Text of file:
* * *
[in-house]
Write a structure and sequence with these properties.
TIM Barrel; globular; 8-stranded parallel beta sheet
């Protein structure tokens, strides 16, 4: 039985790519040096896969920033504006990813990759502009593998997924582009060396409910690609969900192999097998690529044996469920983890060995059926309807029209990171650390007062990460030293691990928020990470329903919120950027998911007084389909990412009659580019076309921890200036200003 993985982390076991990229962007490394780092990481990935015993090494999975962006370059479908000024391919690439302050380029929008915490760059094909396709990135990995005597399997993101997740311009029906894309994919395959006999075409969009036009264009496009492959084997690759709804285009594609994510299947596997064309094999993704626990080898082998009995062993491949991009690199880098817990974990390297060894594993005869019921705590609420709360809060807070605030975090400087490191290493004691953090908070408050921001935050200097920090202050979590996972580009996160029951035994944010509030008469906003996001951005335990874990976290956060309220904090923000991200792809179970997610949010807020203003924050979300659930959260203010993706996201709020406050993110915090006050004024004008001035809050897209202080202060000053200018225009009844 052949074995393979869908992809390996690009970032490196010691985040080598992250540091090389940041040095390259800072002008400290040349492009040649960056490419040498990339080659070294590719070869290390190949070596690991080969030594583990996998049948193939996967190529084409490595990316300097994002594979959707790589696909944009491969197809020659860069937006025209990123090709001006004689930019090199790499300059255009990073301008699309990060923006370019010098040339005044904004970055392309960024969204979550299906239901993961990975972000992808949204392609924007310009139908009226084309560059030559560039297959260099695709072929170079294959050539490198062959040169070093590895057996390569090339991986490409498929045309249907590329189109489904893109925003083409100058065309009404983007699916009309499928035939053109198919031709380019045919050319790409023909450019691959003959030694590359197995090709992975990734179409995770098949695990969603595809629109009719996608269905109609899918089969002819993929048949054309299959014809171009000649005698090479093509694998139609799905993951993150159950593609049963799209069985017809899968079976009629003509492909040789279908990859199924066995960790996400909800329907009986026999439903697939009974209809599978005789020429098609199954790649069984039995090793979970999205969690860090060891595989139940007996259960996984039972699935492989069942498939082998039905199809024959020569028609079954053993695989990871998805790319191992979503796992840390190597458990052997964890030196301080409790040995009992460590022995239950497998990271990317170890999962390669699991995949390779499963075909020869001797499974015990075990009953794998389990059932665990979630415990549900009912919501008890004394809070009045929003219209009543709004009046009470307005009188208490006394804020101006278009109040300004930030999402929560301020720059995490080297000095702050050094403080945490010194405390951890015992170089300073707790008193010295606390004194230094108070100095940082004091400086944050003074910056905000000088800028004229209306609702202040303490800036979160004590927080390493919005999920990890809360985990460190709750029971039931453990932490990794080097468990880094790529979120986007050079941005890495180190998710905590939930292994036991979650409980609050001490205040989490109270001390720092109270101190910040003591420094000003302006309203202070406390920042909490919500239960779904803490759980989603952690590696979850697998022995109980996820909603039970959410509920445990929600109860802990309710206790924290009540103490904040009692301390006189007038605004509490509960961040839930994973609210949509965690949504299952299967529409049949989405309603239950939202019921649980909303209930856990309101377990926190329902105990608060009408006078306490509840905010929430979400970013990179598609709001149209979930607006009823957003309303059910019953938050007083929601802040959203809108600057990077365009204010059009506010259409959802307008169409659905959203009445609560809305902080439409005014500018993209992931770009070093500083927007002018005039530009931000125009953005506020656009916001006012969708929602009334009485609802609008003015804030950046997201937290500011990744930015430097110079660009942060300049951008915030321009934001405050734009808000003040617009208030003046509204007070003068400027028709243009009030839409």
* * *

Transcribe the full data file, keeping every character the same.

[in-house]
Write a structure and sequence with these properties.
TIM Barrel; globular; 8-stranded parallel beta sheet
């Protein structure tokens, strides 16, 4: 039985790519040096896969920033504006990813990759502009593998997924582009060396409910690609969900192999097998690529044996469920983890060995059926309807029209990171650390007062990460030293691990928020990470329903919120950027998911007084389909990412009659580019076309921890200036200003 993985982390076991990229962007490394780092990481990935015993090494999975962006370059479908000024391919690439302050380029929008915490760059094909396709990135990995005597399997993101997740311009029906894309994919395959006999075409969009036009264009496009492959084997690759709804285009594609994510299947596997064309094999993704626990080898082998009995062993491949991009690199880098817990974990390297060894594993005869019921705590609420709360809060807070605030975090400087490191290493004691953090908070408050921001935050200097920090202050979590996972580009996160029951035994944010509030008469906003996001951005335990874990976290956060309220904090923000991200792809179970997610949010807020203003924050979300659930959260203010993706996201709020406050993110915090006050004024004008001035809050897209202080202060000053200018225009009844 052949074995393979869908992809390996690009970032490196010691985040080598992250540091090389940041040095390259800072002008400290040349492009040649960056490419040498990339080659070294590719070869290390190949070596690991080969030594583990996998049948193939996967190529084409490595990316300097994002594979959707790589696909944009491969197809020659860069937006025209990123090709001006004689930019090199790499300059255009990073301008699309990060923006370019010098040339005044904004970055392309960024969204979550299906239901993961990975972000992808949204392609924007310009139908009226084309560059030559560039297959260099695709072929170079294959050539490198062959040169070093590895057996390569090339991986490409498929045309249907590329189109489904893109925003083409100058065309009404983007699916009309499928035939053109198919031709380019045919050319790409023909450019691959003959030694590359197995090709992975990734179409995770098949695990969603595809629109009719996608269905109609899918089969002819993929048949054309299959014809171009000649005698090479093509694998139609799905993951993150159950593609049963799209069985017809899968079976009629003509492909040789279908990859199924066995960790996400909800329907009986026999439903697939009974209809599978005789020429098609199954790649069984039995090793979970999205969690860090060891595989139940007996259960996984039972699935492989069942498939082998039905199809024959020569028609079954053993695989990871998805790319191992979503796992840390190597458990052997964890030196301080409790040995009992460590022995239950497998990271990317170890999962390669699991995949390779499963075909020869001797499974015990075990009953794998389990059932665990979630415990549900009912919501008890004394809070009045929003219209009543709004009046009470307005009188208490006394804020101006278009109040300004930030999402929560301020720059995490080297000095702050050094403080945490010194405390951890015992170089300073707790008193010295606390004194230094108070100095940082004091400086944050003074910056905000000088800028004229209306609702202040303490800036979160004590927080390493919005999920990890809360985990460190709750029971039931453990932490990794080097468990880094790529979120986007050079941005890495180190998710905590939930292994036991979650409980609050001490205040989490109270001390720092109270101190910040003591420094000003302006309203202070406390920042909490919500239960779904803490759980989603952690590696979850697998022995109980996820909603039970959410509920445990929600109860802990309710206790924290009540103490904040009692301390006189007038605004509490509960961040839930994973609210949509965690949504299952299967529409049949989405309603239950939202019921649980909303209930856990309101377990926190329902105990608060009408006078306490509840905010929430979400970013990179598609709001149209979930607006009823957003309303059910019953938050007083929601802040959203809108600057990077365009204010059009506010259409959802307008169409659905959203009445609560809305902080439409005014500018993209992931770009070093500083927007002018005039530009931000125009953005506020656009916001006012969708929602009334009485609802609008003015804030950046997201937290500011990744930015430097110079660009942060300049951008915030321009934001405050734009808000003040617009208030003046509204007070003068400027028709243009009030839409």